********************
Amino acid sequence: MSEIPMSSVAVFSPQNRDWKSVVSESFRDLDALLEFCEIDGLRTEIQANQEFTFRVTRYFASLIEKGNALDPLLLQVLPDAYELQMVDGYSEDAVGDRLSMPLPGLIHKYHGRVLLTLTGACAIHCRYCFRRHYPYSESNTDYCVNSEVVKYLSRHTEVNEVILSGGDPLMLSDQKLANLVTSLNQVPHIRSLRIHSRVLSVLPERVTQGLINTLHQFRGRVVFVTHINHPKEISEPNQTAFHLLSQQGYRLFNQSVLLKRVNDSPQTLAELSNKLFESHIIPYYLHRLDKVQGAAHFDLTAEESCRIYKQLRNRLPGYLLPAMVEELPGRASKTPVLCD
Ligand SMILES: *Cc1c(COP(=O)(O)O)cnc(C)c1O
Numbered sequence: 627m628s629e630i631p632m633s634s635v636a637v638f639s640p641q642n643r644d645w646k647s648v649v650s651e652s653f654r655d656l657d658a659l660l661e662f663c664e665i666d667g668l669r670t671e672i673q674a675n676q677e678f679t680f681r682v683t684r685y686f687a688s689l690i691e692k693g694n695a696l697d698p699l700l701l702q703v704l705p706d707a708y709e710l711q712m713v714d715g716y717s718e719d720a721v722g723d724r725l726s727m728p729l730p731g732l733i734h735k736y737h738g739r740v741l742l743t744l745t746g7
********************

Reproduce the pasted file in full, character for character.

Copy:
Amino acid sequence: MSEIPMSSVAVFSPQNRDWKSVVSESFRDLDALLEFCEIDGLRTEIQANQEFTFRVTRYFASLIEKGNALDPLLLQVLPDAYELQMVDGYSEDAVGDRLSMPLPGLIHKYHGRVLLTLTGACAIHCRYCFRRHYPYSESNTDYCVNSEVVKYLSRHTEVNEVILSGGDPLMLSDQKLANLVTSLNQVPHIRSLRIHSRVLSVLPERVTQGLINTLHQFRGRVVFVTHINHPKEISEPNQTAFHLLSQQGYRLFNQSVLLKRVNDSPQTLAELSNKLFESHIIPYYLHRLDKVQGAAHFDLTAEESCRIYKQLRNRLPGYLLPAMVEELPGRASKTPVLCD
Ligand SMILES: *Cc1c(COP(=O)(O)O)cnc(C)c1O
Numbered sequence: 627m628s629e630i631p632m633s634s635v636a637v638f639s640p641q642n643r644d645w646k647s648v649v650s651e652s653f654r655d656l657d658a659l660l661e662f663c664e665i666d667g668l669r670t671e672i673q674a675n676q677e678f679t680f681r682v683t684r685y686f687a688s689l690i691e692k693g694n695a696l697d698p699l700l701l702q703v704l705p706d707a708y709e710l711q712m713v714d715g716y717s718e719d720a721v722g723d724r725l726s727m728p729l730p731g732l733i734h735k736y737h738g739r740v741l742l743t744l745t746g7